A sport intern special report from David Miller in Krasnoya Polyana
The Germans know a thing or two about Winter Olympics. At their mountain HQ their team is wide-eyed in admiration for what Russia has created, in only seven years, on this glorious, previously virgin “Red Glade” range of soaring peaks.
Walther Troeger, IOC honorary member and one of the master-minds behind Munich’72, is euphoric. “Our team says that this is the best they have seen, what Russia has done is beyond praise.” This is a view that is almost uniform.” Outstanding, wonderful”, according to Spyros Capralos, chairman of Athens’04. “Phenomenal” reports Michael Payne, former adroit director of IOC marketing.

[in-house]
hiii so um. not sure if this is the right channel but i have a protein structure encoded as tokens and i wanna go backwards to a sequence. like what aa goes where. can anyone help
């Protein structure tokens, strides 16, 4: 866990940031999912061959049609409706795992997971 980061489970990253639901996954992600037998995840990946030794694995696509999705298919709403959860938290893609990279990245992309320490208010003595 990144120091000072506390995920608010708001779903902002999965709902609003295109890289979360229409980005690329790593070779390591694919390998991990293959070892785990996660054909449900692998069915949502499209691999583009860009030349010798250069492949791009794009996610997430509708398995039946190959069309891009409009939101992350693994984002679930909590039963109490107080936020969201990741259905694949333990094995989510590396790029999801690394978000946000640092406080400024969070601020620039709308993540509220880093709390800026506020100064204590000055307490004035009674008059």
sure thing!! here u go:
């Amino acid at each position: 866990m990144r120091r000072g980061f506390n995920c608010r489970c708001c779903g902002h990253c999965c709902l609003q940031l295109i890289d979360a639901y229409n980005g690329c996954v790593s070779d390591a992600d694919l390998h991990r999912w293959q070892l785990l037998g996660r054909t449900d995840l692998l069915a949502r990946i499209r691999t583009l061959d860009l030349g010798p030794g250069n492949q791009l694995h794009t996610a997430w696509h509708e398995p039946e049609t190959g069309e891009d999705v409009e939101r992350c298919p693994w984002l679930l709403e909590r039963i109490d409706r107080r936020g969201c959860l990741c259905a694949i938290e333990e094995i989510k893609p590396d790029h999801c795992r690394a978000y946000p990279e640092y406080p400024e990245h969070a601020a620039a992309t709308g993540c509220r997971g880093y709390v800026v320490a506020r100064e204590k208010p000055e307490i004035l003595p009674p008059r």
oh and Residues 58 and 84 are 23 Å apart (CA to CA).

“This is a legacy for decades to come” reflects Anita DeFrantz, bronze US oarswoman in 1976 and current IOC Executive Board member. “Expensive? Fifty billion dollars is what you have to spend to establish not merely an entirely new winter sports center but a comprehensively redeveloped civic region.”
Russia’s rank and file are thriving on this global celebration within their little known south east Caucasus resort on the Black Sea. Every day I travel the sixteen kilometers each way on the new electric railway between central Sochi and the Adler suburb, where the uniquely compact indoor Olympic complex is sited. Since Friday evening’s Opening Ceremony the trains have been as crowded with expectant fans, young and old, as London’s metro eighteen months ago. My youngest fellow traveler has been a nine-year-old dreaming of a Russian ice-hockey gold medal.
This story was originally written in the Sport Intern and is republished with permission from Karl-Heinz Huba.